A new classification for Sophoreae requires sampling of the genera not included by Pennington et al. (2001; see Fig. 29) and other authors, in future molecular systematic studies. Some of the clades discovered by DNA sequence data (Fig. 29) are cryptic in that they are not marked by obvious macro-morphological features, and it is therefore perilous to attempt to determine the affinities of genera based upon macro-morphology alone. It may be that these clades are defined by anatomical or chemical characters. For example, quinolizidine alkaloid accumulation may be a synapomorphy for the Genistoid clade (Pennington et al., 2001; Kite & Pennington, 2003), and lack of these chemicals in Styphnolobium species supports the segregation of this genus from Sophora sens. strict. The presence of quinolizidine alkaloids in Calia, which is not placed amongst the genistoids, suggests that this genus is a strong candidate as sister group to the Genistoid clade, a relationship that might be resolved by more robust molecular phylogenies. Such phylogenies should incorporate information from nuclear genes (Lavin et al., 1998; Doyle & Doyle, 2000) which would be particularly useful to test hypotheses that are currently based solely upon evidence from chloroplast DNA. Careful integration of morphology, preferably as part of a simultaneous cladistic analysis, is also critical. Such morphological study may be best achieved by focusing on separate monophyletic groups because assessment of homology of morphological features across all Papilionoideae is difficult. The monophyletic groups discovered in the trnL analysis provide a framework for starting these future studies. In all 45 genera and (393) – 396 – (398) species are treated here (including c. 76 basally branching, c. 262 genistoid and c. 58 baphioid species of Sophoreae; Fig. 29).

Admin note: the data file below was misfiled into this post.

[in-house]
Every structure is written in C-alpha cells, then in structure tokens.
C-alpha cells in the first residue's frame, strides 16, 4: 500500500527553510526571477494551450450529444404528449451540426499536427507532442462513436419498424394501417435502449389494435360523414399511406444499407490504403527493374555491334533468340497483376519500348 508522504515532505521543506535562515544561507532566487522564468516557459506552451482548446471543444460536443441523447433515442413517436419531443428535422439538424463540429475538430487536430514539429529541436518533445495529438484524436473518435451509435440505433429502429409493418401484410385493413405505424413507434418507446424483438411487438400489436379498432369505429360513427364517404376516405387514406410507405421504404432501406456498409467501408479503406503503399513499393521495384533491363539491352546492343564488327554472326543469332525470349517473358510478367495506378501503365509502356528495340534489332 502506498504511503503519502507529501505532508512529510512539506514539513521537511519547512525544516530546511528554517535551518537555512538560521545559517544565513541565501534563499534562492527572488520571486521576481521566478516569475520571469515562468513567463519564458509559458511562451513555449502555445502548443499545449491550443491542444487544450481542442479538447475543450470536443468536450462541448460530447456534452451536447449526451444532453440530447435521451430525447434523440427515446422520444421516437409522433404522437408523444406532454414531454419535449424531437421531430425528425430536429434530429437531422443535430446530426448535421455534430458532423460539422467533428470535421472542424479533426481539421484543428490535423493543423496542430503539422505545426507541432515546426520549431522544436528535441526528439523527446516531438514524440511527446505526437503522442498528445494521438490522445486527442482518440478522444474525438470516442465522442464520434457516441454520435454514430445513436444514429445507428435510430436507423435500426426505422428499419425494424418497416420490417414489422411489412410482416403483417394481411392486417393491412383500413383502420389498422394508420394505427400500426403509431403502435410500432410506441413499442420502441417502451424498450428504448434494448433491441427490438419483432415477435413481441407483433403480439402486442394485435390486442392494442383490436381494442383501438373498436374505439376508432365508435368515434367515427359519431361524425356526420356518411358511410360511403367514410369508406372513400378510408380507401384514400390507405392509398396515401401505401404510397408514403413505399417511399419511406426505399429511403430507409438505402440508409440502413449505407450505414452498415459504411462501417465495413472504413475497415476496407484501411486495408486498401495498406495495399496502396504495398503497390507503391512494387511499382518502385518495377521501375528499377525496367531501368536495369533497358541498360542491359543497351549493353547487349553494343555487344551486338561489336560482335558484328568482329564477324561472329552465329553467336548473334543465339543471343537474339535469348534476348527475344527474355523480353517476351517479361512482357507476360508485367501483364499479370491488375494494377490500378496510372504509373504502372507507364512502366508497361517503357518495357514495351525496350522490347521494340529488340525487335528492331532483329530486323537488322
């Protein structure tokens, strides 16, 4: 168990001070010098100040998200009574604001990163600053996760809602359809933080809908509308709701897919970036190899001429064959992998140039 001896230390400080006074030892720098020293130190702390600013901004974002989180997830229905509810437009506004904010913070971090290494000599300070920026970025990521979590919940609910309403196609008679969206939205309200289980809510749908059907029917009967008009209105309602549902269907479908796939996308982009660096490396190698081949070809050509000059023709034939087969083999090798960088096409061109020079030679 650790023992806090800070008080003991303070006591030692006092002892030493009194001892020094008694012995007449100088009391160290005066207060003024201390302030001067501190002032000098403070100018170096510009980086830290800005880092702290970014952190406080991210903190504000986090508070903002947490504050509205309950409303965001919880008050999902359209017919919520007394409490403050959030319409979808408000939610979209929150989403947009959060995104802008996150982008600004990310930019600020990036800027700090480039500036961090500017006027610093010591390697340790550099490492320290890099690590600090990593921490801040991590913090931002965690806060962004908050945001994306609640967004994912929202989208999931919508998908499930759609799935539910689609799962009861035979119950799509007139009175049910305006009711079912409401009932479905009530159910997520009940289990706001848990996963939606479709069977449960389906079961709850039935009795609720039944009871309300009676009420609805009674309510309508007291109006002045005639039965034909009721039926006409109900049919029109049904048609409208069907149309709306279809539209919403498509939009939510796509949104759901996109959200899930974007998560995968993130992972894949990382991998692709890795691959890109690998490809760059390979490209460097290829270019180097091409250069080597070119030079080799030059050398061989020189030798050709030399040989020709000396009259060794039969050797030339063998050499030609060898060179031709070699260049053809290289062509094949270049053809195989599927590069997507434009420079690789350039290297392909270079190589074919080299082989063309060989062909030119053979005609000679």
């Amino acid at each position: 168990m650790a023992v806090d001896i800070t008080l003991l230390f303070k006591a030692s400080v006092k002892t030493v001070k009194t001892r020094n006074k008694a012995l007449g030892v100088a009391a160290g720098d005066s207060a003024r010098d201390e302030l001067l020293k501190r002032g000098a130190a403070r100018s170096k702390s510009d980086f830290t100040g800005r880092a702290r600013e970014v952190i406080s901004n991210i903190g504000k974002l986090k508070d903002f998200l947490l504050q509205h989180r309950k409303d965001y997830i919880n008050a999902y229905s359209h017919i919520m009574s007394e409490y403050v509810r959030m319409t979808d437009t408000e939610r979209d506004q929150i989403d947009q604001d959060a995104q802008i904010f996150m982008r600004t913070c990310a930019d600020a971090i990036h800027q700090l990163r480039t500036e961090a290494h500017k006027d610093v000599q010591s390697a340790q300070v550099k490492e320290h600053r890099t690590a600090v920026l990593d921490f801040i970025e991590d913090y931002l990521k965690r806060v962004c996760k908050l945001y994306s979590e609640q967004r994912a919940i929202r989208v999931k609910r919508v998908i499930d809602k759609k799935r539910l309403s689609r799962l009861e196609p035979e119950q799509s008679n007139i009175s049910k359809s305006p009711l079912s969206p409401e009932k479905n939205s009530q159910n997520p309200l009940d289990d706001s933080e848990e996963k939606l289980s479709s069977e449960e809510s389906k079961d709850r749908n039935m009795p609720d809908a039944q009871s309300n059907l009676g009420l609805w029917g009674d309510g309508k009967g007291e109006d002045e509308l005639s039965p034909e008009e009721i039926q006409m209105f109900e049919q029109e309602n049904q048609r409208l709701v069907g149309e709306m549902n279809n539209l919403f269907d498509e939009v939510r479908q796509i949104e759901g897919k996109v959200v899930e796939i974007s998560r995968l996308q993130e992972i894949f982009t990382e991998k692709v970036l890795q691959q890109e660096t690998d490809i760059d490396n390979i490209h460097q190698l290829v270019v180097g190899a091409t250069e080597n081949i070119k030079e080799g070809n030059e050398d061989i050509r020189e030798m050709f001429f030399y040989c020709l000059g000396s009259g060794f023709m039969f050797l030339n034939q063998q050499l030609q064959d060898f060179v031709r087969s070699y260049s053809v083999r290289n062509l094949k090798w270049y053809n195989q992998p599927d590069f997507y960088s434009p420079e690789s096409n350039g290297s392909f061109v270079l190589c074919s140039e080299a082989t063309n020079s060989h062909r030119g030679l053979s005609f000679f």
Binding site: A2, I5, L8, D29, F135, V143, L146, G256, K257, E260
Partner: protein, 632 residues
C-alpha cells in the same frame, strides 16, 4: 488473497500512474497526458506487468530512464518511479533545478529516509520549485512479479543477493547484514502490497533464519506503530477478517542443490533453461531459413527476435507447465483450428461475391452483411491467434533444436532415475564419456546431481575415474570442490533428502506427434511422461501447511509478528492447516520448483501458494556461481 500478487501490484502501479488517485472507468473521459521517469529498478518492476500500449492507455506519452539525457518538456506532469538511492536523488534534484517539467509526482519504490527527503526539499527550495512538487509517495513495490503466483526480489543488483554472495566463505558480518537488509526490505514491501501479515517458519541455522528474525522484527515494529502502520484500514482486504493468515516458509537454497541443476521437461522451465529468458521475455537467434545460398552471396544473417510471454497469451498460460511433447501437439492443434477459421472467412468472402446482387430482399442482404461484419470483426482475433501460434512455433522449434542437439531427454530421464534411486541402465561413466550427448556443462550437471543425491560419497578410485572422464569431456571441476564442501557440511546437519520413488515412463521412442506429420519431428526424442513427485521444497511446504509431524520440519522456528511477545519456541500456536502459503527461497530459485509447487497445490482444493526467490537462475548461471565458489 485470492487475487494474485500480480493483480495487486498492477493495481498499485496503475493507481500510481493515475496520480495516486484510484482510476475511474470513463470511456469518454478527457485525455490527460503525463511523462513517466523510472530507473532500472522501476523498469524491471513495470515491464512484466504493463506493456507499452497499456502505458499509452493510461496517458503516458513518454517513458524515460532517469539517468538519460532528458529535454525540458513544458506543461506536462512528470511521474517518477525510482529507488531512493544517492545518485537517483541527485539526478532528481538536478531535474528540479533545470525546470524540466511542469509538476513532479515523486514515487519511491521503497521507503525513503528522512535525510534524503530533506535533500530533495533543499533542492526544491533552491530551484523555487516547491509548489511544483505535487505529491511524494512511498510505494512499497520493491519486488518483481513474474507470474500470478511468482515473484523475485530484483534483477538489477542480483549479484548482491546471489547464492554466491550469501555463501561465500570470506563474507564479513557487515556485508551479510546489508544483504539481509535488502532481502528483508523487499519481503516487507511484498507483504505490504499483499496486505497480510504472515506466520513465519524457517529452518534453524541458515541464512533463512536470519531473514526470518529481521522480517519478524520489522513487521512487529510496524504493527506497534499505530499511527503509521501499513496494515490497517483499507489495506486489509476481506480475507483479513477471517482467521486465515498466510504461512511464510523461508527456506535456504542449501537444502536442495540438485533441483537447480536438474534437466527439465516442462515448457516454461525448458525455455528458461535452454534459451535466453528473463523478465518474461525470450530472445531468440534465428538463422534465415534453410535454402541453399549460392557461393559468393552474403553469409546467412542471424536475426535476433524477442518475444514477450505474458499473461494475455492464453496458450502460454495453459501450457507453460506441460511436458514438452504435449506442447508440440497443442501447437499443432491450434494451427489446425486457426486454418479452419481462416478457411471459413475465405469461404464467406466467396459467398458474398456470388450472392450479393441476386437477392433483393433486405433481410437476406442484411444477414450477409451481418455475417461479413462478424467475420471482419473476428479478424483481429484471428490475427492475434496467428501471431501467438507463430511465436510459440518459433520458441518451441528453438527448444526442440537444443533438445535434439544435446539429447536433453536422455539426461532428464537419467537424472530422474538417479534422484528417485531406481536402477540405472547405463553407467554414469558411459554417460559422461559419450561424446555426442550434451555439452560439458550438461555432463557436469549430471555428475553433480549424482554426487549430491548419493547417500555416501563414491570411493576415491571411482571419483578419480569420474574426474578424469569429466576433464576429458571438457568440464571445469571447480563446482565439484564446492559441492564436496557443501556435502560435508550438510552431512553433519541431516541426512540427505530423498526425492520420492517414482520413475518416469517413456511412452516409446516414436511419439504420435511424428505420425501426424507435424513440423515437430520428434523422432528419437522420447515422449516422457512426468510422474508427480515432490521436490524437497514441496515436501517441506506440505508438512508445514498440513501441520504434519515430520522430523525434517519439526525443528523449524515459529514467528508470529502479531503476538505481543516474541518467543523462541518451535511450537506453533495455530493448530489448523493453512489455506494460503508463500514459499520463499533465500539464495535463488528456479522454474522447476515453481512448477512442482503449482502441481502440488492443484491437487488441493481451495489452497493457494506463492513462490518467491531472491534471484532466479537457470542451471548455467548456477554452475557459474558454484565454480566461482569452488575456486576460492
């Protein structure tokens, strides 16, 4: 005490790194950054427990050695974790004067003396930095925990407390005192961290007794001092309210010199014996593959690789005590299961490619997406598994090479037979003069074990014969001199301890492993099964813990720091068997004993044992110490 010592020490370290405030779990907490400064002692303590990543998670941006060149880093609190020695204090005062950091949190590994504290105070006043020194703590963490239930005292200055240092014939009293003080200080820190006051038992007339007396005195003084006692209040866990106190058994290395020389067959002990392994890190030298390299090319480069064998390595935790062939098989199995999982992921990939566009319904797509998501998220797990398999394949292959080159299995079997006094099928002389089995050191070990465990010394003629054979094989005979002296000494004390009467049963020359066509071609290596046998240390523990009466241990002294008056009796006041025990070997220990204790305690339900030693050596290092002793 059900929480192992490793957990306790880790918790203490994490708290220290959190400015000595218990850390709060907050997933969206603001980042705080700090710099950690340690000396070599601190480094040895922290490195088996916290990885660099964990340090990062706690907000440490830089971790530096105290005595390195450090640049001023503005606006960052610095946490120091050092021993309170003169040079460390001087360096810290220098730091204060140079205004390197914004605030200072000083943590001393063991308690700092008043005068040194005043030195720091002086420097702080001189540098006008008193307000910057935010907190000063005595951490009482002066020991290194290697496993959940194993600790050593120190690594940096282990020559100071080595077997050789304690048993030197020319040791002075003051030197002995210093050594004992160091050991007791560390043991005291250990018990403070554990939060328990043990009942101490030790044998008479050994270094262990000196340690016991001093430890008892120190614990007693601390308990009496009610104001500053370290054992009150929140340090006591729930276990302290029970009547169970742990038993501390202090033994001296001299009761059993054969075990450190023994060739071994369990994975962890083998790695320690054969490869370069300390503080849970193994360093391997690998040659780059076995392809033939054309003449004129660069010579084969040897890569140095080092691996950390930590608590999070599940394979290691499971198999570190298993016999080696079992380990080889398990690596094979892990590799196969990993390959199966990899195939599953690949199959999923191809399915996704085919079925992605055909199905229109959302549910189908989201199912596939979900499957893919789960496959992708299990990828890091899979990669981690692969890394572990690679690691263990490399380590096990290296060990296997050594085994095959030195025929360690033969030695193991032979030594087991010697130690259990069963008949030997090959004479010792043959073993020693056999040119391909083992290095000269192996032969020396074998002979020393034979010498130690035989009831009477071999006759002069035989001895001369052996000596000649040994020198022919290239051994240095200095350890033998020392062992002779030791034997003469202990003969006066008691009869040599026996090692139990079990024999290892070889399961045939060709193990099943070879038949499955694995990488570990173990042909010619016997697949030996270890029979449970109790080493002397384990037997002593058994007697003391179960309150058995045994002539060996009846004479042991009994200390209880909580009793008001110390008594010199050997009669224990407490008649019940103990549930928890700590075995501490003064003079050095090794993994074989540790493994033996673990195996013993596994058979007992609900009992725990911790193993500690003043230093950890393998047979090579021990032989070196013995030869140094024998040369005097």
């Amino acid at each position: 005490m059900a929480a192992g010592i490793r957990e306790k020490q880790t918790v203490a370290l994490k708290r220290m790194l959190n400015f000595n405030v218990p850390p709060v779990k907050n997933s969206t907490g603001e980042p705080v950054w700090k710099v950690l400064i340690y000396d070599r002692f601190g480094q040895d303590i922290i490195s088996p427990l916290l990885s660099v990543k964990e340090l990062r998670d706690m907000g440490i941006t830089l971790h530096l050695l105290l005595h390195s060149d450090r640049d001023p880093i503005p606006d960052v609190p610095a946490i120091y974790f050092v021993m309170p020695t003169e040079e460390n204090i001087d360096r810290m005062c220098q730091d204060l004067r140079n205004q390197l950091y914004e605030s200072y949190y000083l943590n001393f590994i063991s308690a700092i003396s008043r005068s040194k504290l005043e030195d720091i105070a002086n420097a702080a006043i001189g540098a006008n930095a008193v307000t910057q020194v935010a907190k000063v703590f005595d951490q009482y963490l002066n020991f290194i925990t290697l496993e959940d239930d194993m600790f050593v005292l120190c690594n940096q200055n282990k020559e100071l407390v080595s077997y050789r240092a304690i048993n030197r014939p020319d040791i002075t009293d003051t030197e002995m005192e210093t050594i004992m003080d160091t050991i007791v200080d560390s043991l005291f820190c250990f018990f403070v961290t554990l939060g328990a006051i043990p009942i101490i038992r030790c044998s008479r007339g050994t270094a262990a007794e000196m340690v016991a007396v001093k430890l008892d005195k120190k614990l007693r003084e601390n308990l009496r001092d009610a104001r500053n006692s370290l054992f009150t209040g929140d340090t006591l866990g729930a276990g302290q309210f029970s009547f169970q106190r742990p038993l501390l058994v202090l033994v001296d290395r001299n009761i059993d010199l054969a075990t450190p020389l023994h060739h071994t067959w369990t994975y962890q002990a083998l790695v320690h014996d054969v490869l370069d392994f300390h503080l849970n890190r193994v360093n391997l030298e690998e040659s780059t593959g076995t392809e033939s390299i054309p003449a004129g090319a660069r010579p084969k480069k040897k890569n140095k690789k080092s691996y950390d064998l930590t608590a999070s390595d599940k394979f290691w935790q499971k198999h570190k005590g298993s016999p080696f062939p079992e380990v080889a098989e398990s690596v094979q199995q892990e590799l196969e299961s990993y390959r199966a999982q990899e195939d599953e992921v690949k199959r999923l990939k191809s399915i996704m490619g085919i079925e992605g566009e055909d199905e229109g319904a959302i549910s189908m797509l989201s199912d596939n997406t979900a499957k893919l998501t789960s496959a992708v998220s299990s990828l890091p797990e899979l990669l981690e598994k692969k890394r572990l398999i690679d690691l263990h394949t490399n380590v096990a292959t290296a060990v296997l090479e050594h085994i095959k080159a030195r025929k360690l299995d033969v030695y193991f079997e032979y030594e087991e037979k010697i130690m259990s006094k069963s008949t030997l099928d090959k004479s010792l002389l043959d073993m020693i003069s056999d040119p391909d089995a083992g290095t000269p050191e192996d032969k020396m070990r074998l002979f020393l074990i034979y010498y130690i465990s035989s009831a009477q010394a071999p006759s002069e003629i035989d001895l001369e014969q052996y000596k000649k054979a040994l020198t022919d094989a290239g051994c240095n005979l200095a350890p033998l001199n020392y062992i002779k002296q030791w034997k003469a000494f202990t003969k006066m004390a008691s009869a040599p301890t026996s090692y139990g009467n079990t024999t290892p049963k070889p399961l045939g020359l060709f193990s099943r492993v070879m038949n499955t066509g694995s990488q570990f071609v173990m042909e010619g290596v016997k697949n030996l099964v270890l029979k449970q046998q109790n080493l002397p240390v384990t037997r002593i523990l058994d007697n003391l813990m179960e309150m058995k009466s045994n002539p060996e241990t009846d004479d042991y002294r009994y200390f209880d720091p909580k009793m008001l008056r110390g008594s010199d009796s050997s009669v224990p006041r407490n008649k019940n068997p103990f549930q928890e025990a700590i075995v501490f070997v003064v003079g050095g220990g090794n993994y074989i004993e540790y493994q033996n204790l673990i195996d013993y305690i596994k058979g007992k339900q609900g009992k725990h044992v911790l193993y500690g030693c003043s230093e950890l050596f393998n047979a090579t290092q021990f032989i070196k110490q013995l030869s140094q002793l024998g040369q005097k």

Styphnolobium japonicum (L.) Schott (= Sophora japonica L., the Japanese pagoda tree) is widely planted as an ornamental; also used for timber (furniture), medicine, human food (leaves and flowers) and a yellow dye which was extracted from the pods and used in the silk and batik industries



    Native to:

    China North-Central, China South-Central, China Southeast, Colombia, Costa Rica, El Salvador, Mexico Central, Mexico Gulf, Mexico Southeast, Mexico Southwest, Nicaragua

    Introduced into:

    Cape Provinces, Czechoslovakia, Egypt, France, Free State, India, Iraq, Japan, Kenya, Kirgizstan, Korea, Krym, North Caucasus, Northern Provinces, Pakistan, Romania, South European Russi, Tadzhikistan, Transcaucasus, Turkmenistan, Ukraine, Uzbekistan, Vietnam, West Himalaya, Yemen, Zimbabwe

    Styphnolobium Schott appears in other Kew resources:

    First published in Wiener Z. Kunst 3: 844 (1829)


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    The International Plant Names Index and World Checklist of Selected Plant Families 2018. Published on the Internet at http://www.ipni.org and http://apps.kew.org/wcsp/
    [A] © Copyright 2017 World Checklist of Selected Plant Families. http://creativecommons.org/licenses/by/3.0

    Kew Names and Taxonomic Backbone
    The International Plant Names Index and World Checklist of Selected Plant Families 2018. Published on the Internet at http://www.ipni.org and http://apps.kew.org/wcsp/
    [B] © Copyright 2017 International Plant Names Index and World Checklist of Selected Plant Families. http://creativecommons.org/licenses/by/3.0

    Legumes of the World Online